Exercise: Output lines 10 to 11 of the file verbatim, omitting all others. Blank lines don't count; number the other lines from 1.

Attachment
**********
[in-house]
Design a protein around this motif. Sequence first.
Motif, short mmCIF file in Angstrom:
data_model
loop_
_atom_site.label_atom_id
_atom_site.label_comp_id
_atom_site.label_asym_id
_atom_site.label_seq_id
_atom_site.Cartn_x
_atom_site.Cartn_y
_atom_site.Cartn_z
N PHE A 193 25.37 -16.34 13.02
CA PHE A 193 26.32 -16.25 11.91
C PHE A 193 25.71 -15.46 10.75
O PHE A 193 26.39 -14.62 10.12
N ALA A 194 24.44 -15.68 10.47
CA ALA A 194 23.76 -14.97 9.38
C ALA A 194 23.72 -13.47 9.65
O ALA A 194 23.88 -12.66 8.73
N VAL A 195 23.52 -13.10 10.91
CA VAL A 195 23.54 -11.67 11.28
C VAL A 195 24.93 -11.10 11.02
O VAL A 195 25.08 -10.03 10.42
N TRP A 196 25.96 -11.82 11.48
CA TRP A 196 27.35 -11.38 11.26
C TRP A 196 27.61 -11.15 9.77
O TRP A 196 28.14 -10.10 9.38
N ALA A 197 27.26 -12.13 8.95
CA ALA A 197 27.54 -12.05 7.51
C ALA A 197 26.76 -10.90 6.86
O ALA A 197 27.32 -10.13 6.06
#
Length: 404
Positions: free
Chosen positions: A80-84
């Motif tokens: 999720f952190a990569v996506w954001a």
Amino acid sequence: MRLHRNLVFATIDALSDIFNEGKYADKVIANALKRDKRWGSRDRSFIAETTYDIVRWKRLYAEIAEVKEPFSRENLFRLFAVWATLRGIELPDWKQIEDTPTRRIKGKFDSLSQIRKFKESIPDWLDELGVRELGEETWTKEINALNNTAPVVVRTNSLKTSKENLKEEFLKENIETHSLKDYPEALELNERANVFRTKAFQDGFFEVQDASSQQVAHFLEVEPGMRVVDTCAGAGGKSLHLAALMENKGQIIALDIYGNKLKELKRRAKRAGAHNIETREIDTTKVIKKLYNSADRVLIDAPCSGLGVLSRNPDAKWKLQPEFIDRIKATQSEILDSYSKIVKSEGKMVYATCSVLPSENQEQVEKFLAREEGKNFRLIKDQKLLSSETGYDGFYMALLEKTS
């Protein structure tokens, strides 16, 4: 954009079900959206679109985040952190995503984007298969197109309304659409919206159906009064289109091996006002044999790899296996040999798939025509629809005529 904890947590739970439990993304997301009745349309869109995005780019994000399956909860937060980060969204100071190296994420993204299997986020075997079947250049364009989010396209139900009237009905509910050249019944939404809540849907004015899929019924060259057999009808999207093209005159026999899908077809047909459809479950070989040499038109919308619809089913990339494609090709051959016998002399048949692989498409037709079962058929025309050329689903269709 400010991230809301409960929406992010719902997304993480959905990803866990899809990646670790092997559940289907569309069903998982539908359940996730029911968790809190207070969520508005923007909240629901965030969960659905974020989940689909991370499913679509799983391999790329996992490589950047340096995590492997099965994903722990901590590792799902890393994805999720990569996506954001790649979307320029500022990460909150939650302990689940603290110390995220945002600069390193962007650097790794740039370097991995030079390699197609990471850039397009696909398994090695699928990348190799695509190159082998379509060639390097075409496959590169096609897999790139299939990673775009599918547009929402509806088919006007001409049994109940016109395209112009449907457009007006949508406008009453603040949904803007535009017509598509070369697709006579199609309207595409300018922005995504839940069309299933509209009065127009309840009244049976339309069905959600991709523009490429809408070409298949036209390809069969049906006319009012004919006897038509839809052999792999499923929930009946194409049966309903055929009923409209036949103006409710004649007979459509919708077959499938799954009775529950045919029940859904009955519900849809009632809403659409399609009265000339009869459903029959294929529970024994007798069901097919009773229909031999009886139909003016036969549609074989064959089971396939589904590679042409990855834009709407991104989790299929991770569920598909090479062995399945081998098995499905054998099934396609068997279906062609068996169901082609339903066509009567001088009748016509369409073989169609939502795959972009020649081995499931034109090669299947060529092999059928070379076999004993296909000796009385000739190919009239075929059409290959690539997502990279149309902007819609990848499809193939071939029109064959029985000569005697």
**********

_atom_site.Cartn_x
_atom_site.Cartn_y